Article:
Peaceful Anti-Police Brutality Protests Continue Across The Country

Craig Ruttle, AP

Protesters and activists walk across the Brooklyn Bridge Saturday in New York. Cities saw some of their biggest gatherings of the past two weeks on Saturday.

Updated 3:45 a.m. ET Sunday

The flame ignited by the police killing of George Floyd in Minneapolis still burned bright in cities across the country Saturday as largely peaceful anti-police brutality and Black Lives Matter protests continued with some of their biggest crowds yet.

In addition to the massive crowds that gathered in Washington, protesters in cities from Philadelphia to San Francisco are calling for racial justice and pressuring local officials to defund police departments in the second weekend of demonstrations since Floyd’s death.

New York City

Protests sprawled across New York City Saturday as thousands gathered from Manhattan to Brooklyn to demand an end to police brutality.

One protest, called The March for Stolen Lives and Looted Dreams, marched more than 100 blocks from 110th & Central Park West to Washington Square Park, convening thousands to demand that Mayor Bill De Blasio defund the New York Police Department, according to a Facebook event page for the demonstration.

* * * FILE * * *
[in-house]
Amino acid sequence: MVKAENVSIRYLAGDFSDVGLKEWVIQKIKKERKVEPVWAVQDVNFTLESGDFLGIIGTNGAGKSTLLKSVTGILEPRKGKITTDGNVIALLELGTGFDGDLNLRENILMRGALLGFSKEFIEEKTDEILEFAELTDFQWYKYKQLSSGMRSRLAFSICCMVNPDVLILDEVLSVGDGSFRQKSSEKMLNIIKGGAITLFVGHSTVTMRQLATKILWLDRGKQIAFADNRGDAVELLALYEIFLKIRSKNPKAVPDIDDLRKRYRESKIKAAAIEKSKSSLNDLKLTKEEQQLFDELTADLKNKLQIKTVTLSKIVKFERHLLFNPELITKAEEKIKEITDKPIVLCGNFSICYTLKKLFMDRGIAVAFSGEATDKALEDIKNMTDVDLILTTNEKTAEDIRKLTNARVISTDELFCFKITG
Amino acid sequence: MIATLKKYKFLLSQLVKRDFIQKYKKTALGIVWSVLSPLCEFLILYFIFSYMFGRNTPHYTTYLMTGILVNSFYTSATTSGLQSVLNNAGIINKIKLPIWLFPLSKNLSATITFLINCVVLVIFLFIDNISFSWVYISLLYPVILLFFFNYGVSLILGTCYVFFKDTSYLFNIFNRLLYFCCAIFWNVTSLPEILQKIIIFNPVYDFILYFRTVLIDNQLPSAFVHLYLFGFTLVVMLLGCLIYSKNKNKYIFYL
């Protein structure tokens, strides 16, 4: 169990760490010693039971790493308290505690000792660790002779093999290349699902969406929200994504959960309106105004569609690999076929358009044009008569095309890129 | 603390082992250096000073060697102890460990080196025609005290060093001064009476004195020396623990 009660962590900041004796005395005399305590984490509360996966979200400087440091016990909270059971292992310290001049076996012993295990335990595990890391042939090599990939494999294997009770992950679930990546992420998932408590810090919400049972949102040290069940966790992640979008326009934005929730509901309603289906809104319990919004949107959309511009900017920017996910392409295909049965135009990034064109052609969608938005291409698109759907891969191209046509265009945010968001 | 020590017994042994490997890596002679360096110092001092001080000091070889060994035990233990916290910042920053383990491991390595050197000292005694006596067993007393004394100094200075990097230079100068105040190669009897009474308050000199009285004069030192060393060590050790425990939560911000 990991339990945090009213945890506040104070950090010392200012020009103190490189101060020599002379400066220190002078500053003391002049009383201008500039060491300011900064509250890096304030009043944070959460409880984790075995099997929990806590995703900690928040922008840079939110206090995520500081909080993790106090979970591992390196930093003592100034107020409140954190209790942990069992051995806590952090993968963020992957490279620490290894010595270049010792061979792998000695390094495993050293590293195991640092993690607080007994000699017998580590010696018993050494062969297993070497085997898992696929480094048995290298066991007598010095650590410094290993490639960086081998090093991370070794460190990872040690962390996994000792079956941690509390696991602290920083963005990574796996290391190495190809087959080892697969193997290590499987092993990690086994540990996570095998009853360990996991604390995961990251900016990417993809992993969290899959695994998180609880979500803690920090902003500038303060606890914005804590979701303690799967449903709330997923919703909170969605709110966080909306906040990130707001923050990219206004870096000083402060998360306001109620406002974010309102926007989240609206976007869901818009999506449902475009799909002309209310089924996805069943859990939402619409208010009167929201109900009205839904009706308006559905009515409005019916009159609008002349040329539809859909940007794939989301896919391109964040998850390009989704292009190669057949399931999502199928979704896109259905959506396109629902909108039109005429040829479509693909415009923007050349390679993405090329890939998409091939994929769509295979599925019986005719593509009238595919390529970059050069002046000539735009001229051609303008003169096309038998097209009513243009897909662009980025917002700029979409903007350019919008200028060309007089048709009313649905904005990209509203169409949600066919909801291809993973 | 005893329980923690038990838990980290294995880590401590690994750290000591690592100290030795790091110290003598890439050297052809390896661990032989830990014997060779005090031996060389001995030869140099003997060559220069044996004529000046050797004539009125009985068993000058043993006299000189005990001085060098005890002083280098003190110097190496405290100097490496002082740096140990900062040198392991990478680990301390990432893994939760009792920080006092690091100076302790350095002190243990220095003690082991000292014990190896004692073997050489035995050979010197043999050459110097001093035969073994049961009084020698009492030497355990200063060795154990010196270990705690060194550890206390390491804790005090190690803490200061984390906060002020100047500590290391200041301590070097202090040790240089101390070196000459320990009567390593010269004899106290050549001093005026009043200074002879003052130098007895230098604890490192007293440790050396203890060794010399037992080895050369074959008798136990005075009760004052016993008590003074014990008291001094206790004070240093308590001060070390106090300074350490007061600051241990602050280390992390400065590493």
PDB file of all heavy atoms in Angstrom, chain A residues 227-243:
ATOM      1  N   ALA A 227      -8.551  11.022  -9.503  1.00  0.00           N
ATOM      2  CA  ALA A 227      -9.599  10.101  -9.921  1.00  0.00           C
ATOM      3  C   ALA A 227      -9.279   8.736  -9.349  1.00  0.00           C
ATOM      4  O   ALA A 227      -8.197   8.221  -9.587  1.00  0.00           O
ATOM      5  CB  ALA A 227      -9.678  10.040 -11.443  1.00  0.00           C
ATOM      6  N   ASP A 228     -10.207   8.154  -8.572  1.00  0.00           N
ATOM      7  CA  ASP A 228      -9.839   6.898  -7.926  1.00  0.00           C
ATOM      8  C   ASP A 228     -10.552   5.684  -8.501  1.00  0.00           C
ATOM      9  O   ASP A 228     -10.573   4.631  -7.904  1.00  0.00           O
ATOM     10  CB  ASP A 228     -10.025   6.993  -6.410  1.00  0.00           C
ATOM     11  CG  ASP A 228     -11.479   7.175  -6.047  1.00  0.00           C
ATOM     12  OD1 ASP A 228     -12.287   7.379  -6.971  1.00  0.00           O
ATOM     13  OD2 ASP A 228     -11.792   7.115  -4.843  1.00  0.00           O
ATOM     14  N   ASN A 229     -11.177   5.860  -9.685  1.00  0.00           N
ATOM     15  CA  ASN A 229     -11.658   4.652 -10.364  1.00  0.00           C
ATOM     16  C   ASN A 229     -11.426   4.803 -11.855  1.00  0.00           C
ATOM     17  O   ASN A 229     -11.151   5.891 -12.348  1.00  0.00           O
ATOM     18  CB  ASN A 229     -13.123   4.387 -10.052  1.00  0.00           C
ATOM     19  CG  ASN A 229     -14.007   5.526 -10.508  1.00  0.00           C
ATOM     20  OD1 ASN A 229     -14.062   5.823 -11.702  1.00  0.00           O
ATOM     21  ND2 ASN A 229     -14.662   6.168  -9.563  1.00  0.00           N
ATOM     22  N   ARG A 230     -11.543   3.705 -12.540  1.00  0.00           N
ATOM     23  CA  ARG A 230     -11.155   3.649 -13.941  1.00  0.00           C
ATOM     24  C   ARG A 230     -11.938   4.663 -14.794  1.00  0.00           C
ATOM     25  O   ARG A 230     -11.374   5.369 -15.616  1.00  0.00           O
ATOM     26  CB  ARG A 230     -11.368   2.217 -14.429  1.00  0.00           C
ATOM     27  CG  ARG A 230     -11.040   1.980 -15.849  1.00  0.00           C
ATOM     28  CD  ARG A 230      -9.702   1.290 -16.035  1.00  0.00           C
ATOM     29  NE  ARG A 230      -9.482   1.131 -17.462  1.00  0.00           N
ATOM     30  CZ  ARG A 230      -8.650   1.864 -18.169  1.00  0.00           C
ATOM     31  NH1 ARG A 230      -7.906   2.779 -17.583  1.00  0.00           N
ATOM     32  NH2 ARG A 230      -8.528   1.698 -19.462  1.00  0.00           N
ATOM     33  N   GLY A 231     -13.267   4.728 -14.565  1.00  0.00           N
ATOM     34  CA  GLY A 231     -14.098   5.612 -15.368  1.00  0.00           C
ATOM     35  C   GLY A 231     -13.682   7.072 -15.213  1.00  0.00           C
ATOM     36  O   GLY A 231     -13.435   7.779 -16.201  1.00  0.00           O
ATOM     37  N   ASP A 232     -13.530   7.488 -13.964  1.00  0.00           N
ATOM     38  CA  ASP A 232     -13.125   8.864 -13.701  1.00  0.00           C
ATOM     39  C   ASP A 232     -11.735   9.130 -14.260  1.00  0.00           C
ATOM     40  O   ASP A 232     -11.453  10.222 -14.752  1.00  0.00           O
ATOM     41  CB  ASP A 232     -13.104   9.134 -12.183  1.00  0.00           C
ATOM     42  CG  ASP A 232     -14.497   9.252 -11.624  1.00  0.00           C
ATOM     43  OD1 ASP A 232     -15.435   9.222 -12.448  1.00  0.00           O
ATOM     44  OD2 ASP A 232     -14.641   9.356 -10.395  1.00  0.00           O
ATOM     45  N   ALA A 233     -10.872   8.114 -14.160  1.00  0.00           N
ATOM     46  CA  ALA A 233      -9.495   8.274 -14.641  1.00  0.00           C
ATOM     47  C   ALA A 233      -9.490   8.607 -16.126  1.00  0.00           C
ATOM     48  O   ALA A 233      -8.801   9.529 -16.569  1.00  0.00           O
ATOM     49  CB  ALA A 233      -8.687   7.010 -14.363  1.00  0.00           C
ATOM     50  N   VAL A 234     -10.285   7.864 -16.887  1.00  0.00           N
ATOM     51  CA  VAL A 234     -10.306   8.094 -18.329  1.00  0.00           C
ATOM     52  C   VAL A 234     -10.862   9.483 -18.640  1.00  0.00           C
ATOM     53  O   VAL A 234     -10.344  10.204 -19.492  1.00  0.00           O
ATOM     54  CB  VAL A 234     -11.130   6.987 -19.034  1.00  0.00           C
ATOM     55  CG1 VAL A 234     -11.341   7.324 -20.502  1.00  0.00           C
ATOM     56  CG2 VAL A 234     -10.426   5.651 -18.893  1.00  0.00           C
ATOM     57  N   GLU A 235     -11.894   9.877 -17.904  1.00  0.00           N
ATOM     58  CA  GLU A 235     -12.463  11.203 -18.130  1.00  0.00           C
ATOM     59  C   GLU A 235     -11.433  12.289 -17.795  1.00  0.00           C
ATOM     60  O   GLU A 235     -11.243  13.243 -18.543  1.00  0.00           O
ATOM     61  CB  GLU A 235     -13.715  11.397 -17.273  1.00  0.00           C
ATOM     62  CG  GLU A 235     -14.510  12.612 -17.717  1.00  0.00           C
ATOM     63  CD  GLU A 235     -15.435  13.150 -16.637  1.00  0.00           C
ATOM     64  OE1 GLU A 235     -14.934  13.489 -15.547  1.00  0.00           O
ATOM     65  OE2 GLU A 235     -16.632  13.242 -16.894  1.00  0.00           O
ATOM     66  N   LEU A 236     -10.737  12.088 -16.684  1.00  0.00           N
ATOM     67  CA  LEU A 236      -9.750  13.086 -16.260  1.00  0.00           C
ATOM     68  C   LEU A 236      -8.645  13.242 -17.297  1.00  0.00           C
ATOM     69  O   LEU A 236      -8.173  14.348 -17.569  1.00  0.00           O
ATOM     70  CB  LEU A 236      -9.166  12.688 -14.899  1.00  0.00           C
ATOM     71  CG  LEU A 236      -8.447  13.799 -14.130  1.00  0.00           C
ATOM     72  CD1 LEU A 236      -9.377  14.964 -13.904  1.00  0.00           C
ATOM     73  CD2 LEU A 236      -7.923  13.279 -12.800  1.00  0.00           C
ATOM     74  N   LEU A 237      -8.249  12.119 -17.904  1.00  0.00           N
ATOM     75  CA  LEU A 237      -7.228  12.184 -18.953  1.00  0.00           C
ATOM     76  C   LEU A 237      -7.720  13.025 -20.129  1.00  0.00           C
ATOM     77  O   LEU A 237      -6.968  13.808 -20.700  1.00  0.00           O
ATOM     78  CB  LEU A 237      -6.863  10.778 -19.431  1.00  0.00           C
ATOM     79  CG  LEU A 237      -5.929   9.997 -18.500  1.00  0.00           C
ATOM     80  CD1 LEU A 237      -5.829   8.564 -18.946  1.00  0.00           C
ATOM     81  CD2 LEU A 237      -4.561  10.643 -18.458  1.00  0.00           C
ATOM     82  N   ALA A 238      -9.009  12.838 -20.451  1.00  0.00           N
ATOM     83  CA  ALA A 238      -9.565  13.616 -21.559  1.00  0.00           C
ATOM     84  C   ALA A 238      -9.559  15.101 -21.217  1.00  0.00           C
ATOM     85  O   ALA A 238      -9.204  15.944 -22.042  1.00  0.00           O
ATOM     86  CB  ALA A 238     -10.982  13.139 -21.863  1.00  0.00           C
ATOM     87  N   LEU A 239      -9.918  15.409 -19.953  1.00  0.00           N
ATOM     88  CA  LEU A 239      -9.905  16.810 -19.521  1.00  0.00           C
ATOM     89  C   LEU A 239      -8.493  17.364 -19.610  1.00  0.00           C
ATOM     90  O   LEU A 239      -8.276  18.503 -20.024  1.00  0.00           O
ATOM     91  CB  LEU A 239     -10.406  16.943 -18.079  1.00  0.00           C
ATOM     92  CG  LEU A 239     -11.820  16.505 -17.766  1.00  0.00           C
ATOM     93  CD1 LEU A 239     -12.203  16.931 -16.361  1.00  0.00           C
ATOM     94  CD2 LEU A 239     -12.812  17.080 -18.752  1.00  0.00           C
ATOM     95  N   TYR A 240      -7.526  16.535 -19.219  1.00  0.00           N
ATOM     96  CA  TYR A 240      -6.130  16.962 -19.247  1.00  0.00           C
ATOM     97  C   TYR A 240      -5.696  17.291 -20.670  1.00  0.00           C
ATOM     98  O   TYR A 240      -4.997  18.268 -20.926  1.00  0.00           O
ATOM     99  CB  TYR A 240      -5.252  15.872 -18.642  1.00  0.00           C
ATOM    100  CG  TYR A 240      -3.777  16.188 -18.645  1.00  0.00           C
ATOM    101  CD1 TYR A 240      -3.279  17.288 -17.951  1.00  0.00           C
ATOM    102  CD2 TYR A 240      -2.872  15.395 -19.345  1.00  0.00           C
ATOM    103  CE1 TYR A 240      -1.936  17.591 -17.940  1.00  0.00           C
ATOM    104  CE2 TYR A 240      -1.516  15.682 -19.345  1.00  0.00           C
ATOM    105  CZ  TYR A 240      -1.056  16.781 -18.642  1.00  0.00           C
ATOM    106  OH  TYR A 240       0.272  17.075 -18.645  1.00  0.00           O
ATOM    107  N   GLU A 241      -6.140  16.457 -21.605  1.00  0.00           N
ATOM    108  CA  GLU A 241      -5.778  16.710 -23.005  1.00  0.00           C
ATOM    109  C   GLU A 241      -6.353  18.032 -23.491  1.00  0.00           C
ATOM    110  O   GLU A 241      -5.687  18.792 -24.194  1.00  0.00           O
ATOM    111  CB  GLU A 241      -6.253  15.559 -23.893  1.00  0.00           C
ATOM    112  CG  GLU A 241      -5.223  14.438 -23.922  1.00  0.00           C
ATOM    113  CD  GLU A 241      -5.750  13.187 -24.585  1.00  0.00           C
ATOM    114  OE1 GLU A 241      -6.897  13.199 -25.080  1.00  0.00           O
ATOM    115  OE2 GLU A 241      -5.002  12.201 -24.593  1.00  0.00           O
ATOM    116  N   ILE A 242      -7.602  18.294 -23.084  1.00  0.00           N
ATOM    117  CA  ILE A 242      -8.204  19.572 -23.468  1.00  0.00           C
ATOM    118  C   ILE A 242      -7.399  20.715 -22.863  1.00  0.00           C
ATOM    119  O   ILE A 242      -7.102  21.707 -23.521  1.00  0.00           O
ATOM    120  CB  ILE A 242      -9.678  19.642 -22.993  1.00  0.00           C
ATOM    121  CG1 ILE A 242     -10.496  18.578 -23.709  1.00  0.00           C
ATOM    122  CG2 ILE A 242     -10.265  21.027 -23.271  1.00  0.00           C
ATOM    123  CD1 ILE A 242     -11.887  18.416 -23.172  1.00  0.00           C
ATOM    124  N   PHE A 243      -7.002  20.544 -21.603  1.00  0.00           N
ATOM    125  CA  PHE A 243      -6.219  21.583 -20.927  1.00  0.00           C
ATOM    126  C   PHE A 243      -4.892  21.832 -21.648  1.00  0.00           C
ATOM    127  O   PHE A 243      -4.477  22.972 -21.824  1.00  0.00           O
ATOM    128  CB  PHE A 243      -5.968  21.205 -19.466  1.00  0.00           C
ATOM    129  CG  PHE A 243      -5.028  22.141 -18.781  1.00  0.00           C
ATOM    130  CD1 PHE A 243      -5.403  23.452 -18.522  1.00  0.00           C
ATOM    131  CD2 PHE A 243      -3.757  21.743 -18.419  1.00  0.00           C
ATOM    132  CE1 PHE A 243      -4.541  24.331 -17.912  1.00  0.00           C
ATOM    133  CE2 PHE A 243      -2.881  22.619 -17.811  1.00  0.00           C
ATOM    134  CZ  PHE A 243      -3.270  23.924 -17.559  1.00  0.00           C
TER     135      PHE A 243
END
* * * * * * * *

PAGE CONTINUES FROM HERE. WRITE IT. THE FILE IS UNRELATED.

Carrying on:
De Blasio has been criticized for continuing the city’s curfew and standing behind police actions, even as videos of police cars running over protesters sparked outrage online.

“Time after time, these cops get away with it for the most part, so we want some change,” one protester called Robel, who would only identify himself by his first name for fear of retaliation, told NPR.

Minneapolis

The city where George Floyd died at the hands of police saw another day of protests Saturday, as thousands gathered in a peaceful rally to demand the defunding of the Minneapolis Police Department.

Minnesota Representative Ilhan Omar spoke at the rally, saying diversity training is not enough to erase systemic racism in policing.